Public concern on what is private

Rui Shi

 A recent discovery by a security researcher, Trevor Eckhart, created a media firestorm around the Mountain View, Calif. startup Carrier IQ. In a Youtube video, Eckhart details how the Carrier IQ software logs every text message, Google search, phone number and URL of visited websites on a variety of smartphones such as HTC and BlackBerry. This development put Carrier IQ under a microscope, and it raises new privacy concerns regarding the collection of personal data from consumers.

As it turns out, media outlets rushed to vilify Carrier IQ. Self-appointed “web police” slammed the company for violating federal laws. Even senators such as Al Franken jumped into the fray in requesting an explanation. While benign in nature, these allegations are misdirected and people must wait for more information before coming to a conclusion.

The most serious accusation that Carrier IQ faces is that its software records what people type without their knowledge. This claim, however, is unfounded as there is no evidence that Carrier IQ is capturing, recording or transmitting any sensitive user data. Dan Rosenberg, a world renowned security consultant, dug into the code and found no evidence in suggesting that.

The Carrier IQ software is intended to be used as a diagnostics and data-collection tool. The company itself makes no decisions on what data is collected. It only sells this software to cell phone carriers and allows them to decide which options to enable. Rather than vilifying Carrier IQ, customers must look to carriers for an explanation.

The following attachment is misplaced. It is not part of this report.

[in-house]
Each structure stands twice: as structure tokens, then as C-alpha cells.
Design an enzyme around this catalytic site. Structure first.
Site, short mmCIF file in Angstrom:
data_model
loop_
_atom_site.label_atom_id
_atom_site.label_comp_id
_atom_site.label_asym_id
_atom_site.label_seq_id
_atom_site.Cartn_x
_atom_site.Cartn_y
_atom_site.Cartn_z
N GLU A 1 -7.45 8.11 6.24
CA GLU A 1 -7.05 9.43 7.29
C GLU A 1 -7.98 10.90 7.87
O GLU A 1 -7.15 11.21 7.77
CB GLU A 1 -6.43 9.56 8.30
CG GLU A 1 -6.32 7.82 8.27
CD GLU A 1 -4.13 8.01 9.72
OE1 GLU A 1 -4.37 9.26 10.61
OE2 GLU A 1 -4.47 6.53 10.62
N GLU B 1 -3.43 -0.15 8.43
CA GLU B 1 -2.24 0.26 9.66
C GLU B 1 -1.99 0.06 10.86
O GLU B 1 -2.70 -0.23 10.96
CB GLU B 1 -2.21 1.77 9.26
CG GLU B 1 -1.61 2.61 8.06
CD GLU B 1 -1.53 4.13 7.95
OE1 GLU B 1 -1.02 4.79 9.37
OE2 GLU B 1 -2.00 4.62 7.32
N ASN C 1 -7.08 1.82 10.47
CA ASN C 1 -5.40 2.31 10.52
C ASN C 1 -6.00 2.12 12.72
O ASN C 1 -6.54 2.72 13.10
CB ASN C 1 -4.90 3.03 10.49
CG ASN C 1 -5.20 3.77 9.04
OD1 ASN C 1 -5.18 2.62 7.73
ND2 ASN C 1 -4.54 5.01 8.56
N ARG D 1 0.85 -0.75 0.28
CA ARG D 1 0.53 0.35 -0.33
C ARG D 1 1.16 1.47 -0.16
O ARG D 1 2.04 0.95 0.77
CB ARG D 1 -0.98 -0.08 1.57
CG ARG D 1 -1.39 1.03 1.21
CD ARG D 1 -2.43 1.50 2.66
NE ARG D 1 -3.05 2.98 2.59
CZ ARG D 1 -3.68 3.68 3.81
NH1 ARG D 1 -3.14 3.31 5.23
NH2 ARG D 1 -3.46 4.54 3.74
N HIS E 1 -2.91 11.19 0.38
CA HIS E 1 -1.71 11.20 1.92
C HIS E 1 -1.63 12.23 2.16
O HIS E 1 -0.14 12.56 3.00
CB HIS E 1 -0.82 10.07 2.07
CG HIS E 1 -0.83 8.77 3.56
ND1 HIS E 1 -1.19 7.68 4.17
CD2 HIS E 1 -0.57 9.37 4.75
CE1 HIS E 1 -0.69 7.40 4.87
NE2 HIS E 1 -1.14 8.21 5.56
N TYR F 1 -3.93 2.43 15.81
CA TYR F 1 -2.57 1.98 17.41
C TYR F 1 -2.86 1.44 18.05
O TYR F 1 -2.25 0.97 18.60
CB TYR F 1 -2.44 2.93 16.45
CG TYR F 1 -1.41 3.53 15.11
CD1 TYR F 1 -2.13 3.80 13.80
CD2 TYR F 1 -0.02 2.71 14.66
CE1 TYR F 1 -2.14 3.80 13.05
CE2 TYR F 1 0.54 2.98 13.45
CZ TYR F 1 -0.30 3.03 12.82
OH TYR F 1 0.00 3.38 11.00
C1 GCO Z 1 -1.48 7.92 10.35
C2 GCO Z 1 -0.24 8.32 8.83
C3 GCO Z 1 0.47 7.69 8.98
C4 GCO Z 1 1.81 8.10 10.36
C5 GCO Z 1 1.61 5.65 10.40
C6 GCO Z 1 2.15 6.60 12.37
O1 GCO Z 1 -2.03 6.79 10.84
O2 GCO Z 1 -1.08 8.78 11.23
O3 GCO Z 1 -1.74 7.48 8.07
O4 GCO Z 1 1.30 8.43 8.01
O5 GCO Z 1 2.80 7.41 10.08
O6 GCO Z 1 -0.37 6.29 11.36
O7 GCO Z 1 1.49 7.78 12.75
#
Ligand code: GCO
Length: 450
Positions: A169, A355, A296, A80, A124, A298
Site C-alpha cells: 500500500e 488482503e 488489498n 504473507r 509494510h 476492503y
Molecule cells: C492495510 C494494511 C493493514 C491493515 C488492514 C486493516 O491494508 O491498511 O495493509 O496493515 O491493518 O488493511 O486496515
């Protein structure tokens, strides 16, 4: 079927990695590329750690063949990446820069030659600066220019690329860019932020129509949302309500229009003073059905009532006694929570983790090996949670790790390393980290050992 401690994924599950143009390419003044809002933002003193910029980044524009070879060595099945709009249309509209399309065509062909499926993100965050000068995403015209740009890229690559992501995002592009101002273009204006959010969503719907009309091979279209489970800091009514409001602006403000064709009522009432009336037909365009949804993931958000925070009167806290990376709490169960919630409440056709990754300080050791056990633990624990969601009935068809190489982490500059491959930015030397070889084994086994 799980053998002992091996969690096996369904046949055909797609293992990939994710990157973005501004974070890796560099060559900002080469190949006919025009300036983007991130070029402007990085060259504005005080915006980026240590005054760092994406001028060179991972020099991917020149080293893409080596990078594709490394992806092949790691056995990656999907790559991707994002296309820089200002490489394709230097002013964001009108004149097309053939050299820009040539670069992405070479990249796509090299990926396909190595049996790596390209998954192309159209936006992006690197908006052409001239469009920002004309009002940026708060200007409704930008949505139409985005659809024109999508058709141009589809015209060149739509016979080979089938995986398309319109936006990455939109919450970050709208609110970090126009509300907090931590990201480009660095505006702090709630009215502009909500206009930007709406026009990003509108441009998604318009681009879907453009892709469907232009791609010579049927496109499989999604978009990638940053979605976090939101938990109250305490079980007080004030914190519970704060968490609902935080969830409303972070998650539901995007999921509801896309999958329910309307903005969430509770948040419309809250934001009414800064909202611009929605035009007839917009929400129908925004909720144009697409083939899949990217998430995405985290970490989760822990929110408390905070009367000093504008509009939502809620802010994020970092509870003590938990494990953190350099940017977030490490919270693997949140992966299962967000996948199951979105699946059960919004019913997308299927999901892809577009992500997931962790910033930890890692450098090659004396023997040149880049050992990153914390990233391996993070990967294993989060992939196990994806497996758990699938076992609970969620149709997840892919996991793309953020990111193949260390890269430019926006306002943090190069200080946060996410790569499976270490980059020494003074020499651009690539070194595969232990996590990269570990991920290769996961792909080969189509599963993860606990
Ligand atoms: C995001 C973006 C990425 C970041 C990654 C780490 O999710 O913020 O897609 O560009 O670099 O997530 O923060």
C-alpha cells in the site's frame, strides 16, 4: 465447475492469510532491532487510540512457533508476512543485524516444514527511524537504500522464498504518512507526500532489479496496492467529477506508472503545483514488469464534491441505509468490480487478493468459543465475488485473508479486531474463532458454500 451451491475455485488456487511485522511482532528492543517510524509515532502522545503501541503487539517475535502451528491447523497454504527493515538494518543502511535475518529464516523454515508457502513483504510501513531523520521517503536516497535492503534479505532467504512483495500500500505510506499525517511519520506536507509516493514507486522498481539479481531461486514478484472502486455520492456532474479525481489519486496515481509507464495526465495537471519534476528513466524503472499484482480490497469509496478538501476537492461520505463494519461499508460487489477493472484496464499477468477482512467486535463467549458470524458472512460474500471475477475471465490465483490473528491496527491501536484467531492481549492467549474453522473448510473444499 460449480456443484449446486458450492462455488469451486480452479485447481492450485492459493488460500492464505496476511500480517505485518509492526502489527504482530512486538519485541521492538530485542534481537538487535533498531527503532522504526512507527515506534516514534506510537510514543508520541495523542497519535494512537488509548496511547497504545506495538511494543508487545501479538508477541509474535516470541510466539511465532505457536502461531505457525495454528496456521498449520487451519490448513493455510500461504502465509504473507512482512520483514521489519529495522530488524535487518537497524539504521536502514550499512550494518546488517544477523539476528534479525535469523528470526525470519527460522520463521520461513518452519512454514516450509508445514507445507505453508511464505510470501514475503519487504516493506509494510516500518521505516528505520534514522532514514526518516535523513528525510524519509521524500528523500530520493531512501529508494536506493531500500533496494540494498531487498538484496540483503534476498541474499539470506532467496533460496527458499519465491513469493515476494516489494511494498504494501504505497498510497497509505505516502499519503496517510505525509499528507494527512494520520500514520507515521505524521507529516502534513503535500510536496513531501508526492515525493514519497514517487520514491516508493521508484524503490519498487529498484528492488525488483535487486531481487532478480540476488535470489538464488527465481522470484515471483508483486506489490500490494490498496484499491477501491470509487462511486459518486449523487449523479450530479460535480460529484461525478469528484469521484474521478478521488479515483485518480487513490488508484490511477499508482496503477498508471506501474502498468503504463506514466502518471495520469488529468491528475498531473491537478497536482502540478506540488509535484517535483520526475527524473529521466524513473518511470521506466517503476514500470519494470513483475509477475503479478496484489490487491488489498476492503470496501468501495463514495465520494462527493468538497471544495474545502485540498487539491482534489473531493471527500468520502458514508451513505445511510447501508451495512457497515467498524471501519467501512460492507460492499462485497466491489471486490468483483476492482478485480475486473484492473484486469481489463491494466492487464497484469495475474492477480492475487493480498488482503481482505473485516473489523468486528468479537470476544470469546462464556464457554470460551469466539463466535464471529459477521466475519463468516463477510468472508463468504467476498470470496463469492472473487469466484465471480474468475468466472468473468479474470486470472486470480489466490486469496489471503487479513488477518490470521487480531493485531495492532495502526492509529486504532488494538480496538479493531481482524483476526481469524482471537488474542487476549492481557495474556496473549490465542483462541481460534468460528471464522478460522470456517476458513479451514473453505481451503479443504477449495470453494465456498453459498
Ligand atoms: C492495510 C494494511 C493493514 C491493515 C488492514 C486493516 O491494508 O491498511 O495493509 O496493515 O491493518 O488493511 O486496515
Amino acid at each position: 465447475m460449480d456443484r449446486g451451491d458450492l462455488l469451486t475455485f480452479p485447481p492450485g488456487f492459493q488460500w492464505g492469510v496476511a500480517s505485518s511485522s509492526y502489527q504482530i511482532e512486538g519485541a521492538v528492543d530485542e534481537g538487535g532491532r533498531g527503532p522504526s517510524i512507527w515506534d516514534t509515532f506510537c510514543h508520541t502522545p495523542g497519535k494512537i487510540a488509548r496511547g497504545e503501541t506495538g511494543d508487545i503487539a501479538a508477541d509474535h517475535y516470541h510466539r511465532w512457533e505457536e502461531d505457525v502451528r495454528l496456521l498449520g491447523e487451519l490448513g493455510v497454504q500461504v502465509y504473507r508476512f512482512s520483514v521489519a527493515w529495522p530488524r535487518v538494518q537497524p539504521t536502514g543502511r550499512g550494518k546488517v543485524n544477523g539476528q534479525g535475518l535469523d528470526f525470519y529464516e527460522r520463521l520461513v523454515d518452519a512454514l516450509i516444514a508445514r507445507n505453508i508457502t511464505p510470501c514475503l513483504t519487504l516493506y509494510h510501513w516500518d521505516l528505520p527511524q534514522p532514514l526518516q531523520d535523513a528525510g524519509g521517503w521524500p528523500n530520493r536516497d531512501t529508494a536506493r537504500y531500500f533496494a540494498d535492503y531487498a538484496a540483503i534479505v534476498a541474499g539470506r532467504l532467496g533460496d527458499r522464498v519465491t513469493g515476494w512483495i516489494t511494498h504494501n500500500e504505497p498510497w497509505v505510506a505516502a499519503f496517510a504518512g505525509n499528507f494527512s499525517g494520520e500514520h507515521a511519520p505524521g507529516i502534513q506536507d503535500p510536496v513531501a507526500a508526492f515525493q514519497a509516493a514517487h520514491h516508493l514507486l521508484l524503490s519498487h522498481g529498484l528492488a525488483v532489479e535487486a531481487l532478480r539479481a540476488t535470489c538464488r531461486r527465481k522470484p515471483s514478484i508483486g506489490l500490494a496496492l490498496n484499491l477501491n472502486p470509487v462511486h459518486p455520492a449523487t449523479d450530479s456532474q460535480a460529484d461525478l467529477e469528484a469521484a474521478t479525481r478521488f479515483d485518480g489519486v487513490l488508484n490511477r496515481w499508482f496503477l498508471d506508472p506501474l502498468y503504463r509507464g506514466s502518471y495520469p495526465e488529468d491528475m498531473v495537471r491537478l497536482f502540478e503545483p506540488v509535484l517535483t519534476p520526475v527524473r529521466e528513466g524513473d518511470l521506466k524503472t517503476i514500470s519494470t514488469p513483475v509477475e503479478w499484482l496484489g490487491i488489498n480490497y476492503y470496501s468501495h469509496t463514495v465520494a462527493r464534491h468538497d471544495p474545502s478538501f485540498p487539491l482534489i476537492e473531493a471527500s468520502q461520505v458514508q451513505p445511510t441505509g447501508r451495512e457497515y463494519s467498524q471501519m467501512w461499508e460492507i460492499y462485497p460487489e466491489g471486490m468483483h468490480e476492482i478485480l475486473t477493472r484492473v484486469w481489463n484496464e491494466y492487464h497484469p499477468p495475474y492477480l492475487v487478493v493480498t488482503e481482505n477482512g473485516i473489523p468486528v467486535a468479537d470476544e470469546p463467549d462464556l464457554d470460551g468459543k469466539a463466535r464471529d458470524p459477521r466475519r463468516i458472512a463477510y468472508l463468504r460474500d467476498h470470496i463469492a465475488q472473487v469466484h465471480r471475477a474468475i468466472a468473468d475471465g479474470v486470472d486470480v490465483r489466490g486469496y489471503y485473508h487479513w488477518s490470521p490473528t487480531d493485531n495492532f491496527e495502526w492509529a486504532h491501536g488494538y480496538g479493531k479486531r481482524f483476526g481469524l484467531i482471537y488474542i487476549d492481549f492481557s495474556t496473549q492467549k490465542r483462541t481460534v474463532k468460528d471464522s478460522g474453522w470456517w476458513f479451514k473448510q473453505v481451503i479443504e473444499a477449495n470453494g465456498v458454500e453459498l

AT&T, Sprint and other major players must disclose to their customers what data is being collected and how that data is being used. Ultimately, carriers should make available an easy opt-out mechanism for people who do not want their data to be logged.

The issue of collecting data without customers’ knowledge lends itself to the bigger issue of privacy in an interconnected world. The proliferation of social media platforms alongside mobile technologies has blurred the line between what is public and what is private. If a user on Facebook neglects to change his or her privacy settings and posts sensitive information, then does it mean that this information is now in the public domain for anyone to use?

In most cases, companies provide their customers with a lengthy privacy agreement. However, most users simply press the “agree” button and skip over the details. This creates an environment in which companies are free to collect data as they see fit, and they are able to justify this with one or two lines in their hundred-page agreements.

Companies must exhibit more transparency to protect consumer interests. In no circumstances should companies collect sensitive personal data without user permission. Companies must also provide a detailed list of data that they collect from their customers and how they are being used.

In a constantly evolving technological world, data is the currency. The collection of this data, however, comes at a price, as private information might be made public.

Technology companies must work together with the public to come to a consensus on
redefining privacy.

Shi is an electrical and computer engineering junior.